The U.S. Department of Labor's Mine Safety and Health Administration announced in a recent press release that six underground coal mines in Kentucky received numerous citations and closure orders by federal inspectors as a result of the nationwide impact inspections that took place last month. Each of these operations was forced to suspend production until the violations were corrected. Fifty-seven underground coal mines were targeted for these impact inspections, and each was selected based on its history of significant and/or repeat violations of safety standards concerning methane, mine ventilation and rock dusting. In addition, two of the six Kentucky mines since have been sued by the Labor Department for illegally providing advance notice of a federal inspector's presence on mine property.

Two hundred thirty-eight citations, 55 orders and one safeguard were issued to these six mines. In total, MSHA inspectors issued 109 withdrawal/failure to abate orders, 1,339 citations and six safeguards nationwide during the five-day inspection blitz that occurred April 19 to 23.

"After last month's tragic reminder of the consequences of failing to make safety a priority, it is appalling that these operations continued to flout fundamental safety and health standards," said Joseph A. Main, assistant secretary of labor for mine safety and health. "At the very least, they have failed to conduct their own mine examinations for hazards. Mine operators have a responsibility to provide for the safety and health of the miners they employ, and too many of the mines we inspected are failing to take that responsibility seriously."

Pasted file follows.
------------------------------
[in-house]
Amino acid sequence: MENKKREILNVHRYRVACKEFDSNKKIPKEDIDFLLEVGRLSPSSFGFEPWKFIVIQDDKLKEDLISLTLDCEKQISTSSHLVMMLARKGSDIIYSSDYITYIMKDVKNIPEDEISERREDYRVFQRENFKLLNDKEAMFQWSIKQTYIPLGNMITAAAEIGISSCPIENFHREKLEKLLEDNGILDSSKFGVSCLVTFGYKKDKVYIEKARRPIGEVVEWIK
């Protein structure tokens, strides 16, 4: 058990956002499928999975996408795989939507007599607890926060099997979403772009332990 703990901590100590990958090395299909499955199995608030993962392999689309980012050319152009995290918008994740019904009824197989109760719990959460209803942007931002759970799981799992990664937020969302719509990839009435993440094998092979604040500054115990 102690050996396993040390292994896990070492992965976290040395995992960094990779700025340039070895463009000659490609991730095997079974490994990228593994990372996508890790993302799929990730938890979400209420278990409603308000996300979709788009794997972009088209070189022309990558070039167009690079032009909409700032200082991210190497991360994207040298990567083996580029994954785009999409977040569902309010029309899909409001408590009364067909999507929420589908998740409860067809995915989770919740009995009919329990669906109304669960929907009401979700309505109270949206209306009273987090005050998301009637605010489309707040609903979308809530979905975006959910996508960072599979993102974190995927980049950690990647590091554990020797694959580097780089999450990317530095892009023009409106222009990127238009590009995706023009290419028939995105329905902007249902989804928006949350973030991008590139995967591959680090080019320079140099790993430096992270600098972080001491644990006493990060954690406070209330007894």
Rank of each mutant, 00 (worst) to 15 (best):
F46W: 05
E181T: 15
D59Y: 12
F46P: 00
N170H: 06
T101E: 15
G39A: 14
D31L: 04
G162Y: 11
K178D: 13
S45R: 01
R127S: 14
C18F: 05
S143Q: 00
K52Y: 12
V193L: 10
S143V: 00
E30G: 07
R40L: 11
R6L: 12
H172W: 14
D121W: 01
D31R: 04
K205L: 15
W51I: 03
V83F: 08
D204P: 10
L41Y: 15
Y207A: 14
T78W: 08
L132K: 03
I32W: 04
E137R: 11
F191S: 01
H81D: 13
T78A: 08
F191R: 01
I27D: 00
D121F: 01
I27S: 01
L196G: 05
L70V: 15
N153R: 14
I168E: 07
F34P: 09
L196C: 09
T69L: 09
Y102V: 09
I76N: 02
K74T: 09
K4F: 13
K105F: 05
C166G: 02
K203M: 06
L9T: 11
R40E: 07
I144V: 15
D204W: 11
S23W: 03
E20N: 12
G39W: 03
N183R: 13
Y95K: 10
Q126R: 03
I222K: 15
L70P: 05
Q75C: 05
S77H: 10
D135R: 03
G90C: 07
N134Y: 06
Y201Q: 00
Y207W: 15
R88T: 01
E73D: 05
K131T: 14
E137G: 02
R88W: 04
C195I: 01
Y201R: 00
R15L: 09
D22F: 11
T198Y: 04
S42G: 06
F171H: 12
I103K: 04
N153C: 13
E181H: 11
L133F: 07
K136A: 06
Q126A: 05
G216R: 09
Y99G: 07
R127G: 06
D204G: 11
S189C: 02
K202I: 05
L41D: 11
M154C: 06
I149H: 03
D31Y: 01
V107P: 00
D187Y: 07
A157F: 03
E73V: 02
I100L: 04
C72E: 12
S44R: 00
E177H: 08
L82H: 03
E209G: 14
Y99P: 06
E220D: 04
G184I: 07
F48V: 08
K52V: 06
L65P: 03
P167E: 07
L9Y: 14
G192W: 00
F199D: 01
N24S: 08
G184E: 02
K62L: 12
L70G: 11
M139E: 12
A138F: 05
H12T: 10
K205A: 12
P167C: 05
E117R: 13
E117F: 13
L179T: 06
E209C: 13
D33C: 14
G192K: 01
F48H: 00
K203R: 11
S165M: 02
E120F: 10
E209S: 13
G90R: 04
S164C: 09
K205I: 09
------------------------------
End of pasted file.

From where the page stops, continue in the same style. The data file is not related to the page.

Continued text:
The six mines in Kentucky that ceased production are D&C Mining Corp.; Straight Creek #1 Mine, Left Fork Mining Co. Inc.; RB#12, Manalapan Mining Co.; Mine #1, Conshor Mining; Butcher Branch, Red Bird Coal Co.; and Mine #1, Cawood Enterprises LLC. The orders have been terminated at five of the six mines. Conshor Mining abated its orders but shut down production. Red Bird Coal Co. chose to shut down its own operations rather than comply with the citations and orders it was issued. (See below for a list of withdrawal and failure to abate orders.)

In addition, two mines are facing additional legal consequences for actions they took relating to the inspections. On April 27, the Labor Department filed a lawsuit against Manalapan Mining Co. and Left Fork Mining Co. to prohibit them from interfering with MSHA in carrying out its duties under the Federal Mine Safety and Health Act of 1977. On April 19, MSHA inspectors arrived at these two operations to conduct inspections. They immediately informed mine personnel that persons working underground should not be given advance notice that an inspection party was present on the surface. However, these instructions were ignored. In each case, MSHA inspectors monitoring phone lines heard the advance notice. The Mine Act is clear that "no advance notice of an inspection shall be provided to any person."